- Make sure toys are put away
- Wipe down kitchen sink/ counters
- Wipe down bathroom sinks/ counters
- Generally tidy up
- *Try* to go to bed with an empty kitchen sink, mine’s not empty this morning, but we’re battling a stomach bug right now, so I’m overlooking it!
- Monday- Laundry, clean kitchen, clean floors
- Tuesday- Laundry, clean bathrooms
- Wednesday- Laundry (catching a pattern, 6 kids!! 5 boys– lots of socks!), bedrooms organized to mommy’s standards
- Thursday- Laundry, clean windows
- Friday- Finally, put the laundry away! Clean floors, dusting, change bed sheets
- Saturday- I like to make sure things are maintained and pick a special project, like a closet or bookcase that needs tending to
Now, I know that there are chores that need to be done in addition to this, like moving the fridge and sweeping behind it, or deep cleaning rugs, and dusting fans, (etc!!!) but those aren’t weekly things and can be fit into the months that follow according to your home’s needs.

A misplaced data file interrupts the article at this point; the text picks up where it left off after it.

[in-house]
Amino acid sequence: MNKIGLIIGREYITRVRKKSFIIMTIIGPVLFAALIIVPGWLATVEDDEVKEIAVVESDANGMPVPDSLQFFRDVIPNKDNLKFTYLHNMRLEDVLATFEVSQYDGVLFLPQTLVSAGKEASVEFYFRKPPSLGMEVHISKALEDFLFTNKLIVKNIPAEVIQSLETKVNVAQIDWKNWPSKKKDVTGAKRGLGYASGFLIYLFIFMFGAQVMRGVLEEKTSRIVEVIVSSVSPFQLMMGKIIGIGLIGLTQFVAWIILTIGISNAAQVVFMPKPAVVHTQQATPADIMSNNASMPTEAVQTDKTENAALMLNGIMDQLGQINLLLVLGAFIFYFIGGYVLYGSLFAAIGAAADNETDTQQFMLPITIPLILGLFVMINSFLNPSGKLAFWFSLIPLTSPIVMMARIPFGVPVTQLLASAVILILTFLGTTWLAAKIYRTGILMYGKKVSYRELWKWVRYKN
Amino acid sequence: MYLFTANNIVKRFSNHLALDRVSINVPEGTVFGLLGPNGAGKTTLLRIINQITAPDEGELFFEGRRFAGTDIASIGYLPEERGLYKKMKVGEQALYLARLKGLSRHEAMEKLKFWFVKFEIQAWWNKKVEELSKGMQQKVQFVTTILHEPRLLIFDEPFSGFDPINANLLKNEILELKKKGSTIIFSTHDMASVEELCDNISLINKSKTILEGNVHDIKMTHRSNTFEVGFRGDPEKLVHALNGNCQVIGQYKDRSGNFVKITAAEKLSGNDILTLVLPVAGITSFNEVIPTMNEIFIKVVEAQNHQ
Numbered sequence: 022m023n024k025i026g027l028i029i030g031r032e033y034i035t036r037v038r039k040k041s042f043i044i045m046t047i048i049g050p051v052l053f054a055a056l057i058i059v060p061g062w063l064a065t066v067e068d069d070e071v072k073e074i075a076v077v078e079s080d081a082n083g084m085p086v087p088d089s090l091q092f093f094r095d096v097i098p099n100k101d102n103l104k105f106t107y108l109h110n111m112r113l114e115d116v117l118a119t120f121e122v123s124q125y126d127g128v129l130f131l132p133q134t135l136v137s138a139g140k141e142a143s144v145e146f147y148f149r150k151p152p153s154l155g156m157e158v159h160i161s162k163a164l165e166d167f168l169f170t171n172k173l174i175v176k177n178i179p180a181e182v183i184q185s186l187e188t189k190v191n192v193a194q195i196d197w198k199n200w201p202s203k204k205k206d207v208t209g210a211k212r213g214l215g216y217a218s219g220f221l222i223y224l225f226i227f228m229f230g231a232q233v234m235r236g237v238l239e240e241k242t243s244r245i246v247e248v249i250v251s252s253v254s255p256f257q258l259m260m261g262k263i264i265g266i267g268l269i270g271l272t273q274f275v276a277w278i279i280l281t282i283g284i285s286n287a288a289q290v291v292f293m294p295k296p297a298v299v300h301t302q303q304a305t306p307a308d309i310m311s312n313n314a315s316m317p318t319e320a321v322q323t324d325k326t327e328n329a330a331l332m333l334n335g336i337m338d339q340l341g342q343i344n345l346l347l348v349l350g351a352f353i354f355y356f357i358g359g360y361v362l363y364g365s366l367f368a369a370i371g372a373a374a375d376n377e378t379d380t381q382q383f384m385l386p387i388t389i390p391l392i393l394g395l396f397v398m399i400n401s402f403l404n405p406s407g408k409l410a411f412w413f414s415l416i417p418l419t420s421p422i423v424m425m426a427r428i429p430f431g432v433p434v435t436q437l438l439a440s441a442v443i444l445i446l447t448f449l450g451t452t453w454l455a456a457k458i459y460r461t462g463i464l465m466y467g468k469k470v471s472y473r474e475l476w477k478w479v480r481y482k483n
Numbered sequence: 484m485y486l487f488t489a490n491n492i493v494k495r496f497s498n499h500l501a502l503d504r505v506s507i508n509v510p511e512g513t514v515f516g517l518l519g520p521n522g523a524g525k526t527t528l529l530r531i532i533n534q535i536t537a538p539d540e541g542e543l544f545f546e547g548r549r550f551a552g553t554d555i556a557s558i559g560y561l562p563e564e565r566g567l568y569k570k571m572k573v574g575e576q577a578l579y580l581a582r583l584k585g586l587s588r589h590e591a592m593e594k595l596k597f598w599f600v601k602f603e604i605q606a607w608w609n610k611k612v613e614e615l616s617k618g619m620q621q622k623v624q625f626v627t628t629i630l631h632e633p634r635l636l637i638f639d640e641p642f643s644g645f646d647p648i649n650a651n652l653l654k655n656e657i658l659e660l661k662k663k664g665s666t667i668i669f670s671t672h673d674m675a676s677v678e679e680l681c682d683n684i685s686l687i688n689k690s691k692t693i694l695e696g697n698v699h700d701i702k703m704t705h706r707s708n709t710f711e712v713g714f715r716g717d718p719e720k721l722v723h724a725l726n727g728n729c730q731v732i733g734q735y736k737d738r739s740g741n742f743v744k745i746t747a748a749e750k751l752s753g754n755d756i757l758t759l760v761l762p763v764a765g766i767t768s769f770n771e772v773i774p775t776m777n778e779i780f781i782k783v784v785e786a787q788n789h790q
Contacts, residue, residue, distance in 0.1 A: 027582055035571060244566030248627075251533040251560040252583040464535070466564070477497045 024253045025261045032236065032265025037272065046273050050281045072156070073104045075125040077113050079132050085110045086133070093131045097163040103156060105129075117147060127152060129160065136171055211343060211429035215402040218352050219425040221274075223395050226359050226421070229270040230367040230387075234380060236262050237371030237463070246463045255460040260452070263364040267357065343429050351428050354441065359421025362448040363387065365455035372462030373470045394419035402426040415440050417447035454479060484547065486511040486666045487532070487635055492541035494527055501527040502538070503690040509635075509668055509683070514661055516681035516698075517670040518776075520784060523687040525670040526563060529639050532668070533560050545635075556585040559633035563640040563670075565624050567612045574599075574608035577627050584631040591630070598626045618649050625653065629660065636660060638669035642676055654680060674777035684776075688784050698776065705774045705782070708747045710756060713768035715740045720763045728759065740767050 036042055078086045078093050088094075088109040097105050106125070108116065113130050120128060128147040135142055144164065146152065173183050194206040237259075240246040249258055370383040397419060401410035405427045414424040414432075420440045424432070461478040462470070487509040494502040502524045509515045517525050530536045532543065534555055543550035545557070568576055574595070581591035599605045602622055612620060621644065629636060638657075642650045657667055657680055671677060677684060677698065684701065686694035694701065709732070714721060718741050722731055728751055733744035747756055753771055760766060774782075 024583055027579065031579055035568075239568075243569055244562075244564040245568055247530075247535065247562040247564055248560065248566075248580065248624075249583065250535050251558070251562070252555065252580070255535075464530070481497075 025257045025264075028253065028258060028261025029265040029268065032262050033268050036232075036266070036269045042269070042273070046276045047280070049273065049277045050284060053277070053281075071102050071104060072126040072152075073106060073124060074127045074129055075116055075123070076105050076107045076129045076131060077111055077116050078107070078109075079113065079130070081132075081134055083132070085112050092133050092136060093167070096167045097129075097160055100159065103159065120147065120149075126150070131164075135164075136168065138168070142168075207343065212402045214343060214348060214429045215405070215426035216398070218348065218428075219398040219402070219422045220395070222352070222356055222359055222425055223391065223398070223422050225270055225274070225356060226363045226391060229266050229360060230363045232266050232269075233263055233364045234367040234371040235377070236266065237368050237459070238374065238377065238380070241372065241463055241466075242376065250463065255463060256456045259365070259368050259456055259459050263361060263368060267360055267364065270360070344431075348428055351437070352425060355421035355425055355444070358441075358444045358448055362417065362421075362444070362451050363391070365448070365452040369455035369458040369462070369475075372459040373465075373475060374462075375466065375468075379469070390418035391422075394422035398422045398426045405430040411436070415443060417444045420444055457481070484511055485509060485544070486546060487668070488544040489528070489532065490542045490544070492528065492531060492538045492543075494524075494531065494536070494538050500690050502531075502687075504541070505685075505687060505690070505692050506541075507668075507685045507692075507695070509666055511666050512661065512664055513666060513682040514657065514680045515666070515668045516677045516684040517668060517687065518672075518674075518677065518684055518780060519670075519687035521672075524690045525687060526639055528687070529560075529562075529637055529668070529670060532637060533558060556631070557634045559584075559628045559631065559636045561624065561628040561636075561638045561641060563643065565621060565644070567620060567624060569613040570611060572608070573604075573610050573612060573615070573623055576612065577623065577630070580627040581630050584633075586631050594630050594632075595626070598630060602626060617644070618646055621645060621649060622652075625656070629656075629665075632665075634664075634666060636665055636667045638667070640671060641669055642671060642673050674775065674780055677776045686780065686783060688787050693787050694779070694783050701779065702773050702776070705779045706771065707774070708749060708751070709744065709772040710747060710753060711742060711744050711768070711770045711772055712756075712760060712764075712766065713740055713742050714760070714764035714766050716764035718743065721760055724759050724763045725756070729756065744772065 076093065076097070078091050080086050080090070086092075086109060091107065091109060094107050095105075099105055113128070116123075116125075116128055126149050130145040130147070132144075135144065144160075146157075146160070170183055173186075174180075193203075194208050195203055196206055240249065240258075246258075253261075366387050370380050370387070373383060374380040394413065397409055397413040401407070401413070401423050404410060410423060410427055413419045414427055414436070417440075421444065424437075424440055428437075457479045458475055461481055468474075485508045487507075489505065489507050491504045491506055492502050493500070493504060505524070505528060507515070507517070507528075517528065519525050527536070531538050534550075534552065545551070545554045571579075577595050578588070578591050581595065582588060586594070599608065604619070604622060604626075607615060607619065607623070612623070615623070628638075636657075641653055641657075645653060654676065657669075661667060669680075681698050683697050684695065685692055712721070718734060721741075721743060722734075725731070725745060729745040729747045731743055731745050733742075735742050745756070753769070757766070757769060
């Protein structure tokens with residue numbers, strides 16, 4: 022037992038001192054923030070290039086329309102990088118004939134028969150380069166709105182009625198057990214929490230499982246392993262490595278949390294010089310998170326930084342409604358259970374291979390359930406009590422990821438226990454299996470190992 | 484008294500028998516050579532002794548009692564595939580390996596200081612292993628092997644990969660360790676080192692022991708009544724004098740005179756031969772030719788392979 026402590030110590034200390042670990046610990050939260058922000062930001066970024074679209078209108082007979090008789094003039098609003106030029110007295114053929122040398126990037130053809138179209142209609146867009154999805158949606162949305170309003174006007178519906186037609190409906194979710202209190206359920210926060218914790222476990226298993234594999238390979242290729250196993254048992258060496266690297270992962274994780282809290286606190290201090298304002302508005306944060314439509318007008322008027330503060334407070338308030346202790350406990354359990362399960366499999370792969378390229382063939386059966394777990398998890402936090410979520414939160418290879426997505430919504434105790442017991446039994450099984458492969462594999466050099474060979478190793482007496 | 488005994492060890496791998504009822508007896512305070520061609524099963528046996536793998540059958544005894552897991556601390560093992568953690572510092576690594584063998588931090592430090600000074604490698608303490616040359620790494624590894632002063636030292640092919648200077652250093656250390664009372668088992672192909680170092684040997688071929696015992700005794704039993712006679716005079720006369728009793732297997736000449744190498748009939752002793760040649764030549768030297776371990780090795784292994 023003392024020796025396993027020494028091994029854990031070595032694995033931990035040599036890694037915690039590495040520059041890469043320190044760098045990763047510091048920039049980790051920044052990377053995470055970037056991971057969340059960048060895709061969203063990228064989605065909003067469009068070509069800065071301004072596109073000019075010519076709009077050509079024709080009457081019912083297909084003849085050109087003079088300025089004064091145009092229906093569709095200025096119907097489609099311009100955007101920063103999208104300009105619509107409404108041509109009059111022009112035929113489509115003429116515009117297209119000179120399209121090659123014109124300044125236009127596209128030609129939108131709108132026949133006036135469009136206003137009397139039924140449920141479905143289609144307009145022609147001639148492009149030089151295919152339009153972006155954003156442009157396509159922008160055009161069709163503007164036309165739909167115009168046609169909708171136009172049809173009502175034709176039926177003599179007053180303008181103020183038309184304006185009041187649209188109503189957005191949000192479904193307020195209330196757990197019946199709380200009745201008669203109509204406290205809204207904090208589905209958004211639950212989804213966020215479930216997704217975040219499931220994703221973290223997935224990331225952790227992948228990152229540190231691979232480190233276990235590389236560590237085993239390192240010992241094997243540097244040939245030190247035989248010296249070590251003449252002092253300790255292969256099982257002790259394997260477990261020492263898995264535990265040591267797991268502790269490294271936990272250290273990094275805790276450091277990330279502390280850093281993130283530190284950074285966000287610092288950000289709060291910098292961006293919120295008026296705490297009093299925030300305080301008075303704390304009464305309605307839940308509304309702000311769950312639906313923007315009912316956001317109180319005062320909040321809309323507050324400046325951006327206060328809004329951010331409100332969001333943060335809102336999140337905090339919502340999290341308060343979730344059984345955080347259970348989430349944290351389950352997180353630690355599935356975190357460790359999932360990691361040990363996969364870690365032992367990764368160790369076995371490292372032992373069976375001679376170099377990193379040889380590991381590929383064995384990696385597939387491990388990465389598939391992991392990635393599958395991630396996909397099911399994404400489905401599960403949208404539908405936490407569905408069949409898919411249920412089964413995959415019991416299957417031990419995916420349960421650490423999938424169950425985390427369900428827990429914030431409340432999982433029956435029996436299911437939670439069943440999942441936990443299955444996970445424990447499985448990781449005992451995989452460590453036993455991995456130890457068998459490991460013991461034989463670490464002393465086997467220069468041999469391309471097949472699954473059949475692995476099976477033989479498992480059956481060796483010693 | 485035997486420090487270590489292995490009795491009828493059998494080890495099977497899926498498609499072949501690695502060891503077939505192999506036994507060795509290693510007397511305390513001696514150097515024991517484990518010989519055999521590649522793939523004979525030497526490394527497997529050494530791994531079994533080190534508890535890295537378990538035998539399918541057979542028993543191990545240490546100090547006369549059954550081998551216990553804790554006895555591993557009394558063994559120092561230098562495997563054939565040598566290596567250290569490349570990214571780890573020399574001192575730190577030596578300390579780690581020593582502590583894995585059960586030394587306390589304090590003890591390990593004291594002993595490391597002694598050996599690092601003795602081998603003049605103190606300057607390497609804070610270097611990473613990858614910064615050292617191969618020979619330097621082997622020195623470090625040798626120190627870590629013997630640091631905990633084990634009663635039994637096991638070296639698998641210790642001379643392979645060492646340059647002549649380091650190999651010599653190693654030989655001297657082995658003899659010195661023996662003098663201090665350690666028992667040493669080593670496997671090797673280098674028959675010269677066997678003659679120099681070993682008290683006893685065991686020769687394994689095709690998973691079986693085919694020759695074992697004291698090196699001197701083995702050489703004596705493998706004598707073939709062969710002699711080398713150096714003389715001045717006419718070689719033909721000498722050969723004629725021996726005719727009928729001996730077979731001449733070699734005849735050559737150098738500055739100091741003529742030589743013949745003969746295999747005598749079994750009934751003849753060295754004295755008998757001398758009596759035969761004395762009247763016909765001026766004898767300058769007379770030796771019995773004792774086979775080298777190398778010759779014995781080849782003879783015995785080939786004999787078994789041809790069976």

By following the simple house cleaning guidelines above, your home should stay in running order and make hosting less stressful.
I have a lot of friends that really love to follow the Fly Lady, so that’s a great resource for getting tidy as well!
If I keep to the kind of cleaning schedule above, which we try to, then on days when company is coming over, it generally rolls like this:
- put laundry away a day or two early
- sweep the floors
- make sure that the bathroom is up to standard
- spray or diffuse something that gives the house a nice fresh scent.
If you came to my home, it wouldn’t be perfect. If you wanted to, you could find dust or dirt with very little effort and my husband’s love for reading always results in piles of books throughout the home although, you can tell that he tries to keep it to his desk.
My home is not perfect, but there are a lot of small people living here and I feel like we can keep it tolerable this way.
Put Little Hands To Work
“Many hands make for light work.”
Do you have a large family?
Wait…. do you have any children that are old enough to understand you when you speak to them? GREAT!!! Congratulations!! You have helpers for the tasks at hand!!
Please teach your kids how to clean and divide up the work for them. You may feel that you are helping by doing all of the work yourself, but in the long run, you are robbing your children of the opportunity to learn important life skills.